Japan plans to dispatch a maritime force to the Middle East in late January to protect its ships in the region, according to local media on Friday.
Official Kyodo news agency reported that the country's cabinet approved the dispatch of Japanese navy personnel to the region "for information-gathering activities to help ensure the safety of a key oil shipping lane.”
The decision comes days after a meeting between Japanese Prime Minister Shinzo Abe and Iranian President Hassan Rouhani during the latter's official visit to Tokyo.
A helicopter-carrying vessel, P-3C patrol planes and 260 personnel will be dispatched to the region as part of the mission, the report said quoting government sources.
The mission will be carried out in the Gulf of Oman, the northern part of the Arabian Sea, and the Bab el-Mandeb Strait connecting the Red Sea and the Gulf of Aden.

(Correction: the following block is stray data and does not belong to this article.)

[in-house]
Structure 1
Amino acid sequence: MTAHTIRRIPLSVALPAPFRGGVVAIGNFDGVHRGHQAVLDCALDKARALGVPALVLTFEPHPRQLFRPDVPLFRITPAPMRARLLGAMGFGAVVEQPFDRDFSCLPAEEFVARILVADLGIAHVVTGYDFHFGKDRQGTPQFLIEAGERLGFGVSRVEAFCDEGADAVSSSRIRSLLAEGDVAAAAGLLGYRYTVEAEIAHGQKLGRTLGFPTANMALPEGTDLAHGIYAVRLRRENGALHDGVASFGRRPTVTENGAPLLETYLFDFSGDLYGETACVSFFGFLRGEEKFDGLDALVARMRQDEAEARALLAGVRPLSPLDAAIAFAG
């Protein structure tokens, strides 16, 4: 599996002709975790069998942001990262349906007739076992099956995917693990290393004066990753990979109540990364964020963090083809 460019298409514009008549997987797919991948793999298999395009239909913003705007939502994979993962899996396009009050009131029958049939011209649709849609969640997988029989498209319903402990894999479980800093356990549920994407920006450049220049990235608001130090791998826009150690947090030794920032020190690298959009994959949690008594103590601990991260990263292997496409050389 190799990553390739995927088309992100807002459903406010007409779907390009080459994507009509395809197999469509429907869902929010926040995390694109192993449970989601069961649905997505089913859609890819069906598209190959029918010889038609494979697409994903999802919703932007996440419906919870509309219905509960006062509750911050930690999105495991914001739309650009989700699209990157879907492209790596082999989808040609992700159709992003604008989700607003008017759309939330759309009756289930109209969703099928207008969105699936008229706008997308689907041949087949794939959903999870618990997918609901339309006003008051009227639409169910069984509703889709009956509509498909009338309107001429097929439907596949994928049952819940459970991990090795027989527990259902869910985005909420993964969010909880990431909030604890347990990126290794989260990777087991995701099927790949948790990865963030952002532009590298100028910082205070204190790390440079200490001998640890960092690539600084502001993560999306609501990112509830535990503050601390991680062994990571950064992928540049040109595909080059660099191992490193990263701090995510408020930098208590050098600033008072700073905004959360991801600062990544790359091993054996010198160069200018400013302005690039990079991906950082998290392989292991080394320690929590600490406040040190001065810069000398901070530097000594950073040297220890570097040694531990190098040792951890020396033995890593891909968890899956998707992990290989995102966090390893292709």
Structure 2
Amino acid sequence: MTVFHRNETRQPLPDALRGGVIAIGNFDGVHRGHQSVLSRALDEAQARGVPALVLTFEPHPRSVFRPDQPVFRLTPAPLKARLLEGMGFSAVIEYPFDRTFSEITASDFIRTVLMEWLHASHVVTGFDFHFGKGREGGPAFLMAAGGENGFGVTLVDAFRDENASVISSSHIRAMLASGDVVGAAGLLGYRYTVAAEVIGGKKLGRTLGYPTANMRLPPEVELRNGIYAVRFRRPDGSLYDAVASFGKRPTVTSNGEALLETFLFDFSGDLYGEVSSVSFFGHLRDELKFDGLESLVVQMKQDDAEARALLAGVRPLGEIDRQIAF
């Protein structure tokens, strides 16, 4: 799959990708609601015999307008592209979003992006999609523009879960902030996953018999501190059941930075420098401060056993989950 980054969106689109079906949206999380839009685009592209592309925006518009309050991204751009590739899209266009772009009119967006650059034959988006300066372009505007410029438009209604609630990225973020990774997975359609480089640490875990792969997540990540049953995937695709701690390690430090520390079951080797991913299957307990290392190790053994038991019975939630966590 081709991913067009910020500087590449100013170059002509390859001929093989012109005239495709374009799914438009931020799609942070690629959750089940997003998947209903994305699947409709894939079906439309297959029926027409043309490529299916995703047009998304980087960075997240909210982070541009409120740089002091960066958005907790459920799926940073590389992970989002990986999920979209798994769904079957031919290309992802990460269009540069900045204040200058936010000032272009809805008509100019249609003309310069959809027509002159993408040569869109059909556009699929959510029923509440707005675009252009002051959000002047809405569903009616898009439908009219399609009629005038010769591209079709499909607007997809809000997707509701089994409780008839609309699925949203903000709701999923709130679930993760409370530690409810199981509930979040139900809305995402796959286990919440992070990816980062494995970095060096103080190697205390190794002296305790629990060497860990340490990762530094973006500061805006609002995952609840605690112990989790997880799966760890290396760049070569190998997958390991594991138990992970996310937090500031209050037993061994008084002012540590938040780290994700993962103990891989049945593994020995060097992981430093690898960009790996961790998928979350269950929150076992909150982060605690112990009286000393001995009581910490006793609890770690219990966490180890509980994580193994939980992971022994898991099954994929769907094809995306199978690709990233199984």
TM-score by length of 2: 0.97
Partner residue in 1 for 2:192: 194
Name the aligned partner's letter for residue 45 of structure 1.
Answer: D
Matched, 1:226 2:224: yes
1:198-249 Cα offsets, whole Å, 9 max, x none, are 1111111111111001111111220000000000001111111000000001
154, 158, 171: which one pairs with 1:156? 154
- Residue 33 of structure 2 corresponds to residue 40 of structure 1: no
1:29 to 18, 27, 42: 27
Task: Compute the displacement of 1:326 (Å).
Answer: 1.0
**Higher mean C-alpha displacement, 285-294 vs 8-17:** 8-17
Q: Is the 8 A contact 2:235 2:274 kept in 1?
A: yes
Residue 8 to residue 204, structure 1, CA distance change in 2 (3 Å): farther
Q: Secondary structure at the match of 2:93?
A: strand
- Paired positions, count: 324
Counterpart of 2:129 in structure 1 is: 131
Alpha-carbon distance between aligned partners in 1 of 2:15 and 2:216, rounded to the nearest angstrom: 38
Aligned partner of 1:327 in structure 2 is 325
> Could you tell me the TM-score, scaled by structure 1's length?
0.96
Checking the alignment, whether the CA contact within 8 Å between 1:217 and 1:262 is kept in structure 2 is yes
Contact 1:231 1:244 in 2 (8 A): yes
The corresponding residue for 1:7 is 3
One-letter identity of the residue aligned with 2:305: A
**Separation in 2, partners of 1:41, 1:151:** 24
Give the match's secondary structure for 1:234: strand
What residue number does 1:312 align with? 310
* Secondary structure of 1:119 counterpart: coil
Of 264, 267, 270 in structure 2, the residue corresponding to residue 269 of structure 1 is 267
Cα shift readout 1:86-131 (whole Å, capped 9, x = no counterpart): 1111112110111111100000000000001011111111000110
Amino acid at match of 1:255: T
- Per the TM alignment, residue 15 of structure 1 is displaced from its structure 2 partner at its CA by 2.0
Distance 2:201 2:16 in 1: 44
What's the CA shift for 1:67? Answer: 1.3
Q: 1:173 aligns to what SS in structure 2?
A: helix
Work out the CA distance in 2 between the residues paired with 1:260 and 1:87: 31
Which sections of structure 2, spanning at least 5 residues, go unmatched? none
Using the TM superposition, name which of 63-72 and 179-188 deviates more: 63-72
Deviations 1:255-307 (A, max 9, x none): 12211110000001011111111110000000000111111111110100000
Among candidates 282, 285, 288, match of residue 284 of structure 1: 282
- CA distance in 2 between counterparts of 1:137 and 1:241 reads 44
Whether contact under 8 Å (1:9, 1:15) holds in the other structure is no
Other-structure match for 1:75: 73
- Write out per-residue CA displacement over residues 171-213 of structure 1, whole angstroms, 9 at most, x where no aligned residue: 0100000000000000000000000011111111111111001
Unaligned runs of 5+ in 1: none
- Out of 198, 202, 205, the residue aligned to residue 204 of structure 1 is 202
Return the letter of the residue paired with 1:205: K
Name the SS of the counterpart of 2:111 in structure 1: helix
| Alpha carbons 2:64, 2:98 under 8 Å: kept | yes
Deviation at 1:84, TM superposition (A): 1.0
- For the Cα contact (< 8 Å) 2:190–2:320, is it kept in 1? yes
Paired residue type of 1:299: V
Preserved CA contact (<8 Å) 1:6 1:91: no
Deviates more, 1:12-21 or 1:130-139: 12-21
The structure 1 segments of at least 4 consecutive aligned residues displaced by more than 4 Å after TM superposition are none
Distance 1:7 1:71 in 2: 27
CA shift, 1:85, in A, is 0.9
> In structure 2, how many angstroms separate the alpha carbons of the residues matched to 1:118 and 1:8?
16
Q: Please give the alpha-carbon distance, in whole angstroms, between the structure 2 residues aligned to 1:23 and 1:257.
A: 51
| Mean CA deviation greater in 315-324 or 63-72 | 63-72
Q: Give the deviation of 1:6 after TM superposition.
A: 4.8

Japan, the top third economy in the world, imports about 90% of its crude oil from the Middle East.
A recent Kyodo News poll shows that 51.5% of Japanese people oppose the plan, while 33.7% support it.
The personnel will be trained before the deployment, which Tokyo claimed to be a part of its "contribution to peace" in the Middle East.
The Japan's initiative comes as tensions ratcheted up between the U.S. and Iran after two oil tankers were attacked in June in the Strait of Hormuz.
The U.S. held Iran responsible for the attacks and accused Tehran of destroying navigation devices. Both accusations were denied by Iran.
Following the tanker attack, Washington created an international military coalition to safeguard the Strait of Hormuz, however, Japan kept itself out of the coalition.Anadolu Agency website contains only a portion of the news stories offered to subscribers in the AA News Broadcasting System (HAS), and in summarized form. Please contact us for subscription options.